"So we're to assume that before transitioning, you were a hysterical crybaby? And that testosterone is the reason why men don't stop for directions? For realz? It couldn't possibly be that since your transition to, identification with, and perception of being male you've started performing gender in a way that you have internalized as acceptable male behavior? That gender binary, man, it's pretty....intact.... Also, congrats on your ability to engage in homosocial bonding, gain the respect of other men, and walk alone at night. It must be real nice to be a dude. Sorry, but I really don't like the laguage of this article and think that being so quick to give preference to "biology" or "hormones" over socialization when it comes to gendered behavior only furthers to restrict us to our roles, male and female.
To which I wrote:
"I find it a bit odd that while no one would deny the evidence that someone who begins taking testosterone from a baseline of an average-female hormonal balance will probably (after a few years) sprout some chest hair that was not previously present, and while no one would claim that it's a social construct when testosterone causes the same person to stop menstruating, some people *do* seem to have a personal investment in vociferously denying that testosterone could possibly have an effect on subjective mental states. The brain is part of the body, no? Then wouldn't it be more surprising if introducing a powerful chemical into one's body *didn't* affect one's brain than if it did?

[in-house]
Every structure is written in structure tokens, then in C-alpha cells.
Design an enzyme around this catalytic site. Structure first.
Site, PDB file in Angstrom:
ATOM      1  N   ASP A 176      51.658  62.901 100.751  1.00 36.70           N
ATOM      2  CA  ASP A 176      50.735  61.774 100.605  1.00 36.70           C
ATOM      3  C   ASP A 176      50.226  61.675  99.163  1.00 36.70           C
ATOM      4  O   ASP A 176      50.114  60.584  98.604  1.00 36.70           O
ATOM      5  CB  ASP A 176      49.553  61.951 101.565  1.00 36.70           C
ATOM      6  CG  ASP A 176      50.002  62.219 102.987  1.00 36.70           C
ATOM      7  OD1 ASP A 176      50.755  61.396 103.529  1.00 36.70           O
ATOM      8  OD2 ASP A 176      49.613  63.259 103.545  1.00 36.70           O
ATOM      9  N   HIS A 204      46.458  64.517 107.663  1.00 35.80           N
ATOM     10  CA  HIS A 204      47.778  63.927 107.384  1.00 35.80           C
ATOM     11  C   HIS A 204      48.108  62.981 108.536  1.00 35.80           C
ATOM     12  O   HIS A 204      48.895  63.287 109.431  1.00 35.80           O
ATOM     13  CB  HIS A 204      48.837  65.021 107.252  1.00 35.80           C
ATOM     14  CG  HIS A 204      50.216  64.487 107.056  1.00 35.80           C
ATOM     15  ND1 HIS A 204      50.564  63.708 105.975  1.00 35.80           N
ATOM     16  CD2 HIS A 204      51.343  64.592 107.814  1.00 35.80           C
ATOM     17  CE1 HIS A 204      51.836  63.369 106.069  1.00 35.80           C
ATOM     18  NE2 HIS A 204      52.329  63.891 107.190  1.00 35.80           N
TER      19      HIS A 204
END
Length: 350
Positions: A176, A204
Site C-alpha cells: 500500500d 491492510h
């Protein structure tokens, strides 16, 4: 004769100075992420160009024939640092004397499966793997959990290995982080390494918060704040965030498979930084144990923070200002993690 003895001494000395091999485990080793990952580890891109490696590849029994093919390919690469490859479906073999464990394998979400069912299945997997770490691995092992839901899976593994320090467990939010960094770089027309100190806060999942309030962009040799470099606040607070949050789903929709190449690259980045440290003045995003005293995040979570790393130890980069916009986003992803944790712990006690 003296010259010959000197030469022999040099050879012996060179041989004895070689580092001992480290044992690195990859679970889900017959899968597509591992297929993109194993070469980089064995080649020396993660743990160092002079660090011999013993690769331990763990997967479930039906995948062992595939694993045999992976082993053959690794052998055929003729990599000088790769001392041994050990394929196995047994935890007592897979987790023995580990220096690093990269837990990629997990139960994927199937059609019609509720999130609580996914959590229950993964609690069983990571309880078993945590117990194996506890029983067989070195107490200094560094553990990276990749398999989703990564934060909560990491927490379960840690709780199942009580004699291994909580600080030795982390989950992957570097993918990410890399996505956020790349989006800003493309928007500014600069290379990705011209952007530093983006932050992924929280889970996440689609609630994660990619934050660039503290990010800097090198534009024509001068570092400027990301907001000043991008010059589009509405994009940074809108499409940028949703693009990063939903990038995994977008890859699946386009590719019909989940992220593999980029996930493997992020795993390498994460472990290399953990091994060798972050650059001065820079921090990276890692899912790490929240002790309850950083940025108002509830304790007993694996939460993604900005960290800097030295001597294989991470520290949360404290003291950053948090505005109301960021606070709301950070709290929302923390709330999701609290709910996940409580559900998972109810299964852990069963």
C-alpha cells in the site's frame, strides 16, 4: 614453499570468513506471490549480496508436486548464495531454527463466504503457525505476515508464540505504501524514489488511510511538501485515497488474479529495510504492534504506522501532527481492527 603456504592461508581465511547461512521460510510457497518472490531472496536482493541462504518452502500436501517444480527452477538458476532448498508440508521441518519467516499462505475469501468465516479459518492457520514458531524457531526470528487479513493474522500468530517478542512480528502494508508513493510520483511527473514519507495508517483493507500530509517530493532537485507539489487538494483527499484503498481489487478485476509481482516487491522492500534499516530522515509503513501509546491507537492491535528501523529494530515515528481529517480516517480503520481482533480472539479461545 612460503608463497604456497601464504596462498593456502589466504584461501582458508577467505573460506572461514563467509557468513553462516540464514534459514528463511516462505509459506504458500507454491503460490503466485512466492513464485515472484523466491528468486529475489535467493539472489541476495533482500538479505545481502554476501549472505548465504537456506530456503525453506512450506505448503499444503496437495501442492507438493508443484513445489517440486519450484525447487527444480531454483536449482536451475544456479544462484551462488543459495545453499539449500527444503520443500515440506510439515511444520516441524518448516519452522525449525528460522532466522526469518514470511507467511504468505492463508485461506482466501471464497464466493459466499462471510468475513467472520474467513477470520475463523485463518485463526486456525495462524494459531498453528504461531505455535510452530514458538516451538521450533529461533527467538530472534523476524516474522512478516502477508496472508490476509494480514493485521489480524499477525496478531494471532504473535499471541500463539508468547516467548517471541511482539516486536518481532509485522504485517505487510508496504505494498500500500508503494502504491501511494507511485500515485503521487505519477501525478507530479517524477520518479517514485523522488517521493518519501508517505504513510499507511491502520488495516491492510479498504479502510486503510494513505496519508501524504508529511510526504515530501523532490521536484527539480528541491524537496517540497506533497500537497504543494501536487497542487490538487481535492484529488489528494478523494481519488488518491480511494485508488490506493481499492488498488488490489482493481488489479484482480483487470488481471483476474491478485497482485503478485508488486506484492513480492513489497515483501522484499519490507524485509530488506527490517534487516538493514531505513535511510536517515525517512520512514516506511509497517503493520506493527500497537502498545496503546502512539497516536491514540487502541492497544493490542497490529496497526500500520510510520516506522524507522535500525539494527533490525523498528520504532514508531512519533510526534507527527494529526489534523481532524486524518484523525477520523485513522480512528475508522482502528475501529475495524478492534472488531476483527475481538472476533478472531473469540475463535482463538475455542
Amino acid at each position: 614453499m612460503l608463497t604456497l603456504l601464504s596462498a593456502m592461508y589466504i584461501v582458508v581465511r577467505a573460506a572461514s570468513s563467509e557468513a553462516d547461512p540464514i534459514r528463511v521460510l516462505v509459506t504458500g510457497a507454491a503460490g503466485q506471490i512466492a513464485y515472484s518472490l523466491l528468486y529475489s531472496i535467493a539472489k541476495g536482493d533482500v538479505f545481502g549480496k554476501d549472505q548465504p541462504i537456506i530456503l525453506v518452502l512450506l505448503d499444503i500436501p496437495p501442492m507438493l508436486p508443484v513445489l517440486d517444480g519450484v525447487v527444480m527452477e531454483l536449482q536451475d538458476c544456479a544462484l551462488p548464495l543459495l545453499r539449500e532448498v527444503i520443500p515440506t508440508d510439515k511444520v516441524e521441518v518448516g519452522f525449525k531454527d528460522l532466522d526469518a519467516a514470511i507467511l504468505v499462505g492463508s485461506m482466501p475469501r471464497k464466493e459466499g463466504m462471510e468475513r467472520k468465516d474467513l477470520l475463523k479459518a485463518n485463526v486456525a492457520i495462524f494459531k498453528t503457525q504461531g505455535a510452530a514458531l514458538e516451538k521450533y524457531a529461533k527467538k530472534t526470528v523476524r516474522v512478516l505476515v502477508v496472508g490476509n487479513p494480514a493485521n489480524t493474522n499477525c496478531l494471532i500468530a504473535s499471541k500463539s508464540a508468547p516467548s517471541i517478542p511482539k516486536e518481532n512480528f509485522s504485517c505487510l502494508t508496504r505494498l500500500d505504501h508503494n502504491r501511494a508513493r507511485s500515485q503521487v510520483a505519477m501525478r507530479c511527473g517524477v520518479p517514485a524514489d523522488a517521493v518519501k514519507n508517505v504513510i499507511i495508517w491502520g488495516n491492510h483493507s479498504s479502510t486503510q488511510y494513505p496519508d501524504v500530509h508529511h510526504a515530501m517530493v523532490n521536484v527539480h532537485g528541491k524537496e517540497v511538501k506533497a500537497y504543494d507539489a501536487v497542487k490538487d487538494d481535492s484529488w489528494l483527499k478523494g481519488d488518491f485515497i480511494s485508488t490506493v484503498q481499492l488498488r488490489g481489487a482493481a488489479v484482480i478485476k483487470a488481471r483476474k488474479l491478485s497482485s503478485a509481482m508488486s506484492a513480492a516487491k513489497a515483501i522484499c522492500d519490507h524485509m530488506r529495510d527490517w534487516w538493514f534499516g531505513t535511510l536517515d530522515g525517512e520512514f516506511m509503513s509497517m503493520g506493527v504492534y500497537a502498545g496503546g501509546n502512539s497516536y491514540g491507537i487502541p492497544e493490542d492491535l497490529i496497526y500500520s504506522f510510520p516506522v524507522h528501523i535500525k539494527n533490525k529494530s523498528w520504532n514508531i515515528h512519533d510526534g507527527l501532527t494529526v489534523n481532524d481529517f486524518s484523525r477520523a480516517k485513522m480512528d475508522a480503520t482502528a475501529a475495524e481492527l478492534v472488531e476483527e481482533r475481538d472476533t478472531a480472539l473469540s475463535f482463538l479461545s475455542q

What I think you're trying to do in this comment is deny trans people's lived experience and suggest that they are deluded when they testify that their experience is more than just a social construct. You seem to be suggesting that only cis people can possibly transcend the limitations of social constructs and critique trans people's lived experience based on objective *truth* (that only cis people can access), while when a trans person critiques a cis person's assumptions about trans lives -- assumptions that usually reflect more about that cis person's individual insecurities than what it's like to be a trans person -- that person can be automatically dismissed as a poor victim of oppressive gender roles. That's, frankly, fucked up."

tim: Mike Slackernerny thinking "Scientific progress never smelled better" (science)